Every kid has a dream when they grow up. Some dream of being an astronaut. Others dream of being a princess or even the president. My dream was a little different. My answer was usually that I wanted to work for NASA. It was, of course, interesting to me, but deep down, all I ever really wanted was to be understood. Six years before I joined the foster system, at the age of 8, I was diagnosed with Autism. It has become a huge part of who I am and who I aim to be. I hope to be someone who can use my experiences to not only be there for others, but to change the way the world thinks, acts, and treats fosters and those on the Autism spectrum. I live inside an intersection of the underrepresented youth in the foster care system. I am a Black LGBTQ+ woman with Autism. Of those that make up my intersectionality, being Autistic was certainly the most underrepresented part of my identity.
I was in the foster system for four years until I aged out at 18. In my four years, I went between four different placements, including both family foster care and corporate foster care. Throughout my years in the system, I came across this widely accepted mental model that anyone on the spectrum was just an inconvenience. I experienced this mindset over and over again from people I had no choice but to trust with my life. It was like I was just someone who could just be written off. It became apparent to me that those in charge of my care (case workers, case managers, foster parents, and staff) found no interest in making sure I was getting the support that I desperately needed. Living like that can leave scars on the hardest of surfaces.
There were times in my placements where it felt like people almost went out of their way to misunderstand me and my needs. People with Autism tend to understand things in a very literal sense. If you ask them to throw you your phone, expect a football pass. In one of my corporate placements, my plan stated I would have to be inside my apartment before my 10pm curfew. Though they meant my apartment unit, being literal, I was always inside my apartment building by 10pm and would sit on the stairs right outside my unit. To the staff there, I was purposefully being difficult and, on more than four occasions, they called the police to physically move me inside. It was traumatizing because I honestly had no idea what I was doing wrong. No matter how many times I communicated my confusion, it did not seem to matter and no revisions to my plan were made.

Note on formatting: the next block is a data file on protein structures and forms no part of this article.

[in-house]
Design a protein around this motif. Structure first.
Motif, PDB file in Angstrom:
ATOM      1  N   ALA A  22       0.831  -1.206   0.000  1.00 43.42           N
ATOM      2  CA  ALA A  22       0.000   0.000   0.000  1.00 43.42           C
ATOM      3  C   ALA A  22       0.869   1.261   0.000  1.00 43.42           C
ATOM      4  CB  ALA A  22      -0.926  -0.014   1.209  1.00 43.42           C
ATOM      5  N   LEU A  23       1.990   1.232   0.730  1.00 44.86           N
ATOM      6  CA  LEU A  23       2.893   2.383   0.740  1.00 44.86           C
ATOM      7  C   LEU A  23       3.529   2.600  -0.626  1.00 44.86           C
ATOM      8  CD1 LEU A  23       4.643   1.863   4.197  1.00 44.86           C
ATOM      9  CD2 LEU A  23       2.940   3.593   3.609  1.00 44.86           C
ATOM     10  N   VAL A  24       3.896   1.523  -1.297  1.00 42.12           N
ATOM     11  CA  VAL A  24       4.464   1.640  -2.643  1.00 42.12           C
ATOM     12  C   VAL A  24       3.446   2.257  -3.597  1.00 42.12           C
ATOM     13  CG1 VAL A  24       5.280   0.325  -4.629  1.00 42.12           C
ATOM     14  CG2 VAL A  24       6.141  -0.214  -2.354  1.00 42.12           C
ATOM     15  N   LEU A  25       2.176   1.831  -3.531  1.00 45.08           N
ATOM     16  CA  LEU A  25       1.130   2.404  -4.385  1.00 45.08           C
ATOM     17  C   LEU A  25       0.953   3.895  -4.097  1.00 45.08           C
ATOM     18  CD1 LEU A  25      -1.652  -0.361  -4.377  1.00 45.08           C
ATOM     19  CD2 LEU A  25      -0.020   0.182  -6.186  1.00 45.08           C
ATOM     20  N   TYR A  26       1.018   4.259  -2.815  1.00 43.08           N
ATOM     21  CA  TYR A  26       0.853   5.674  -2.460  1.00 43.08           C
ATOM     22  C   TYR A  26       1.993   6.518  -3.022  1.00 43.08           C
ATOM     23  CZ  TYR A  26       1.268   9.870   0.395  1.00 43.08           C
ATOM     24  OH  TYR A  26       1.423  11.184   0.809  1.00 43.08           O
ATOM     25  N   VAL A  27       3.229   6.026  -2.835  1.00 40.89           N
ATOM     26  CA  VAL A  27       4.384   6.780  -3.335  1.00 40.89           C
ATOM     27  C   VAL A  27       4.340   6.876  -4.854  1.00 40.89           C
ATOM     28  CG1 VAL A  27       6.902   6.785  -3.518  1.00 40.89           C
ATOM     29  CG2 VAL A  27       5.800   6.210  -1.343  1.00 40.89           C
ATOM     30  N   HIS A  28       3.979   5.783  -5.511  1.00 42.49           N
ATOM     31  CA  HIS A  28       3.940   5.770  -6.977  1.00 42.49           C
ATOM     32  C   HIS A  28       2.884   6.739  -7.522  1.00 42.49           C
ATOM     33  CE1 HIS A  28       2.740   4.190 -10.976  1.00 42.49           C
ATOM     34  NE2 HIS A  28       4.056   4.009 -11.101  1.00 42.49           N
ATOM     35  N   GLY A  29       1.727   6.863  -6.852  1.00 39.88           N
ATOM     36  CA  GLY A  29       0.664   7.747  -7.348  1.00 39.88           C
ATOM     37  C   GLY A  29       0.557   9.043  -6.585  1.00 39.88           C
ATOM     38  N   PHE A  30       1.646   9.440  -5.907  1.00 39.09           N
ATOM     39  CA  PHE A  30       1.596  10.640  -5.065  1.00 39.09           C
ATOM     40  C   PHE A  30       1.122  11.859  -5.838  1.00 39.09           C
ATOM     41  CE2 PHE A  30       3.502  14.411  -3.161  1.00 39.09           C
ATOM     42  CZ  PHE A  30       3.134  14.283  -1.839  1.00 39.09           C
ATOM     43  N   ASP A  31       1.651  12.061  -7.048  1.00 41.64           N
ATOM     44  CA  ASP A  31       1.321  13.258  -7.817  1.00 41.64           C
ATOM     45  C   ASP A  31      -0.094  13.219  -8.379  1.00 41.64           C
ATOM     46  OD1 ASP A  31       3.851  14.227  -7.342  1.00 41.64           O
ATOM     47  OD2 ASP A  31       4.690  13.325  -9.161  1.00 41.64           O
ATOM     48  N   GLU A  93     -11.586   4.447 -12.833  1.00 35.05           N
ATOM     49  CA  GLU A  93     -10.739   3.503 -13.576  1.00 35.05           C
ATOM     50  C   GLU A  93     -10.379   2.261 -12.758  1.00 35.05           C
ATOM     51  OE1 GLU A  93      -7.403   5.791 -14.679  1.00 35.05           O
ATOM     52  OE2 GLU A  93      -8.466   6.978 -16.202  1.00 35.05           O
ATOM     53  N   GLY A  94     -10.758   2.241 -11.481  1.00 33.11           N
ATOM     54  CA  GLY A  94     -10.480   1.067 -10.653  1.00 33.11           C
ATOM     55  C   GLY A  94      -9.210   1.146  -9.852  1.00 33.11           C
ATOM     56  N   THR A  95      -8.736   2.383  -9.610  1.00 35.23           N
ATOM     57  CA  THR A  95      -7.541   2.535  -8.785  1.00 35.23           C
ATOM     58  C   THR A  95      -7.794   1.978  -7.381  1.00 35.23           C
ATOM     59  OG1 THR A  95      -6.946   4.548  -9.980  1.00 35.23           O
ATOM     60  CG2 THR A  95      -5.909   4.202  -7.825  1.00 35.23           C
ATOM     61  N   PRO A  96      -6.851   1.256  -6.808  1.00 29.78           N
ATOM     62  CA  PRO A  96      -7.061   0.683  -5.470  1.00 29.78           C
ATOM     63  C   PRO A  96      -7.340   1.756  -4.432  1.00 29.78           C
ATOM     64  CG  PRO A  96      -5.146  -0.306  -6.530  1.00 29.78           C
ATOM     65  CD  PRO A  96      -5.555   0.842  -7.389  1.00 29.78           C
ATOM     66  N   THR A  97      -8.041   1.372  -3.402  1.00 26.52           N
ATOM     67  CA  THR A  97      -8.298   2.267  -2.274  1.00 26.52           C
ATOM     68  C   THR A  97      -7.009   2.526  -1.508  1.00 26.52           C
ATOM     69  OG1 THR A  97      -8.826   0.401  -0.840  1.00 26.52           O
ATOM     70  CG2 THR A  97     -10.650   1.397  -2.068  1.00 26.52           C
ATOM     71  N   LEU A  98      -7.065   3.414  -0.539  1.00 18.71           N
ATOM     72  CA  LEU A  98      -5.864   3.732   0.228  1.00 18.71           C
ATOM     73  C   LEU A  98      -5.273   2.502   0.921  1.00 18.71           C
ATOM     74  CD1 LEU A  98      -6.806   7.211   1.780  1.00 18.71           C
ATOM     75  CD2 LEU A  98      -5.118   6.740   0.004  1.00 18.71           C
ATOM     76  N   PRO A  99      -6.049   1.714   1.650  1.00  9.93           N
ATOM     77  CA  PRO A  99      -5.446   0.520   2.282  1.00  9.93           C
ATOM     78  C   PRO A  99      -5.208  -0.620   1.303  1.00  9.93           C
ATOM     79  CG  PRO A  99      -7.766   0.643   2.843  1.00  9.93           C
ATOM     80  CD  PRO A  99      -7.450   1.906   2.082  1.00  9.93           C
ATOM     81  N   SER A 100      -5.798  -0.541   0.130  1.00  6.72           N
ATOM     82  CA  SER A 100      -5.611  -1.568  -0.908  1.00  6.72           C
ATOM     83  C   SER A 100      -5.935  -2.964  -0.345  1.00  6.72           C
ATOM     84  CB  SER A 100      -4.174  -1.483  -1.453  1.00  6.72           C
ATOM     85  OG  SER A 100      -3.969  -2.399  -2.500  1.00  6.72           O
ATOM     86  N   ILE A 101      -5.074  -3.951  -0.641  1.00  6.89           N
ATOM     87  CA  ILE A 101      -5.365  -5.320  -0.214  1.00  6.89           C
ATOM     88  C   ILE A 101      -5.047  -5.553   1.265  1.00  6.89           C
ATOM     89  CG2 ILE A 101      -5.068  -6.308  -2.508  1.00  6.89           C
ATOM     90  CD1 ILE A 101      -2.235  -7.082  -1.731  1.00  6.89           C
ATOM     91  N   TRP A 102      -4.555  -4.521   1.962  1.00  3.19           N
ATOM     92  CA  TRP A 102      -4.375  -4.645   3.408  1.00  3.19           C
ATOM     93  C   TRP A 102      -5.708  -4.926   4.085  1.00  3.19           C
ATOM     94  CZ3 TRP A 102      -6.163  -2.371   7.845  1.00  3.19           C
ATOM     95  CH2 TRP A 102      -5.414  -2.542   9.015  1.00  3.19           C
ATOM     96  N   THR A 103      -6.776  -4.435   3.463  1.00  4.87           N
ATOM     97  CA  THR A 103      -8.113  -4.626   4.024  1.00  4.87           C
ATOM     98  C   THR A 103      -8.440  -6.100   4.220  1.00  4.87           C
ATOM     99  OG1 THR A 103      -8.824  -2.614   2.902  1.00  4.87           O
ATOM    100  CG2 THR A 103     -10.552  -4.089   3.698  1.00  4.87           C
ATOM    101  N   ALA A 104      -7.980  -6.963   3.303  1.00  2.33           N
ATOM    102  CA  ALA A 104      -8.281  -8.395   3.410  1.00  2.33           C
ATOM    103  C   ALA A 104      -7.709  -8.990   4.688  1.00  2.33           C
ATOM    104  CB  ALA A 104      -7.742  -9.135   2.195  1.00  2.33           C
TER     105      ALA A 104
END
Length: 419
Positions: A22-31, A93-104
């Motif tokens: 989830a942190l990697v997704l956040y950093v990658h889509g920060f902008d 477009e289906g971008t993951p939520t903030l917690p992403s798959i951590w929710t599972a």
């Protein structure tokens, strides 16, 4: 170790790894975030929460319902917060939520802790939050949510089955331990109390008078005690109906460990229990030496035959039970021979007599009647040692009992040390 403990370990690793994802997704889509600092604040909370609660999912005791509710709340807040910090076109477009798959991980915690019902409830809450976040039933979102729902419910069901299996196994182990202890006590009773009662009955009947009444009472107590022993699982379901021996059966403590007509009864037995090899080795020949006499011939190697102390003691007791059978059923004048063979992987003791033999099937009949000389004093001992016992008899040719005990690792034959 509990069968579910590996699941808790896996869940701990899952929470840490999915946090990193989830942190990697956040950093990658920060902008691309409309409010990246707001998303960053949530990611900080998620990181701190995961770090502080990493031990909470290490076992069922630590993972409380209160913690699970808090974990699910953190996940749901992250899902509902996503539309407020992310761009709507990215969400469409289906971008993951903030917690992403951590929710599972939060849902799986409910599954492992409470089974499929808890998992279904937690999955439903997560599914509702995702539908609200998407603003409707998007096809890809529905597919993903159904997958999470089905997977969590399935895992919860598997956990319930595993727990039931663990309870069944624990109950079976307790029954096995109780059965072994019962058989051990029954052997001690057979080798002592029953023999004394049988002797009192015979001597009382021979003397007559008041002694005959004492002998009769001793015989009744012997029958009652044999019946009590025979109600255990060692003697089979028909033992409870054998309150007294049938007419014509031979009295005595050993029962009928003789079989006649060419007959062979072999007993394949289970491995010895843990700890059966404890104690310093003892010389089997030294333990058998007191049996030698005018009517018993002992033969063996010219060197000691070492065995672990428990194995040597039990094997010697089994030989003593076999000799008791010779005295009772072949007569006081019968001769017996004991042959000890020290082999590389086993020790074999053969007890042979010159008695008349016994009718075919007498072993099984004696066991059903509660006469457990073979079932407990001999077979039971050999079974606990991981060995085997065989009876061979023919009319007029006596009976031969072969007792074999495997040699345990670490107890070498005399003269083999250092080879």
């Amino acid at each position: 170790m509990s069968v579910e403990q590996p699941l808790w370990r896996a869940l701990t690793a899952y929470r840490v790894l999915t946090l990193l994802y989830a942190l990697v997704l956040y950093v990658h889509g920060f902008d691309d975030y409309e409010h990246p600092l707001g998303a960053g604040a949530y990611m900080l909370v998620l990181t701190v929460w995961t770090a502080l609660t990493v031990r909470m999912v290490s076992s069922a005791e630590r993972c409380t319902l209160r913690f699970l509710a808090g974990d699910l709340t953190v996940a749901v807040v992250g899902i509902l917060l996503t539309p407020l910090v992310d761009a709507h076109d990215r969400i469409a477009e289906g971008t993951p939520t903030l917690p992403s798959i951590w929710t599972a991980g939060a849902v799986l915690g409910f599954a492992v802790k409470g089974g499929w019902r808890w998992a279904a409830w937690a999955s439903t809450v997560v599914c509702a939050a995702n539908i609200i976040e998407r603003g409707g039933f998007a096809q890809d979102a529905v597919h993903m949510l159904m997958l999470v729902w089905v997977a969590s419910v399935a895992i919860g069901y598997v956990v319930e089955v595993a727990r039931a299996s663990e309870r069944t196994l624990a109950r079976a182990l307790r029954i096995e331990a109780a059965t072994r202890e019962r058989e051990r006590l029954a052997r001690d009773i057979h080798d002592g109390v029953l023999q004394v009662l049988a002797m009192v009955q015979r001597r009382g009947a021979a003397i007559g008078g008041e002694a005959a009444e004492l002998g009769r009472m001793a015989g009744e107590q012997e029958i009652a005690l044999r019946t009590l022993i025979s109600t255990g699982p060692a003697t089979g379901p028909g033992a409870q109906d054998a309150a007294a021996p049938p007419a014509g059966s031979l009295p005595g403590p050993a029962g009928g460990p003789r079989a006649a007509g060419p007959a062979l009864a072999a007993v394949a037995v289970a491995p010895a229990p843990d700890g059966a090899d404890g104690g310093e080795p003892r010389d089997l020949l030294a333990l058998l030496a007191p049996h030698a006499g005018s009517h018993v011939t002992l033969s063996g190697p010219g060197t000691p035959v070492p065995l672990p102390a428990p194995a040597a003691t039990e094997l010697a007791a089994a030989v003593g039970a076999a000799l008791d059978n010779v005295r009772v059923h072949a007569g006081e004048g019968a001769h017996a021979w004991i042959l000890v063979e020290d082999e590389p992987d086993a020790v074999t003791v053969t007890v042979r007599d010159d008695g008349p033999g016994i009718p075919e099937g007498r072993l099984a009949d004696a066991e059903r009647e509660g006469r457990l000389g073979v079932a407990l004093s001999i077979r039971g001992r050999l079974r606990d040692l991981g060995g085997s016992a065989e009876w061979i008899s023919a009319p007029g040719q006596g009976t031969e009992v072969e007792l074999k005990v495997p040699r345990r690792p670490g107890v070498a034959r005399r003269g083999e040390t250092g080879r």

In another instance, at another placement, my plan said that I could go for walks as long as staff was able to follow a distance behind me. They were not supposed to interact with me, nor get too close because of a previous trauma I had. I got overwhelmed one night and let my staff know I was going to go for a walk. He decided to follow directly behind me which spiked my anxiety, so I walked a little faster. He started running at full speed towards me so I turned around. As I did, he punched me right in my eye. When I tried to get justice for myself, nobody believed my story because being Autistic comes with this stereotype of aggressive behavior. He took advantage of that information and got away with it.
Occasions similar to these examples happened to me consistently throughout my time in care, all while I had my diagnosis. According to the current estimates from the Centers for Disease Control and Prevention (CDC), the number of people currently diagnosed with autism spectrum disorder is 1 in 44. A few years ago, it was 1 in 68. According to Minnesota’s Department of Human Services, in 2021, there were just over 12,400 children in the Minnesota foster system. I cannot imagine how many kids are out there undiagnosed inside the system, struggling every single day to have their basic needs met. I can’t imagine how many kids are facing the same sort of struggles I faced. My experiences could have been avoided.
I want those kids to know that they are not alone. For everyone else, It doesn’t have to be this way. The knowledge about supporting those with autism, resources and best practices – it’s out there. Those in child welfare and education need to educate themselves and participate in actively helping those who need it. For foster parents, social workers, and other support staff reading this, I ask you to do your research. Know the signs and symptoms of autism, know the best practices for therapeutic services, and learn from folks who actually have autism. Help Fosters get the diagnosis, treatment, and support they deserve.
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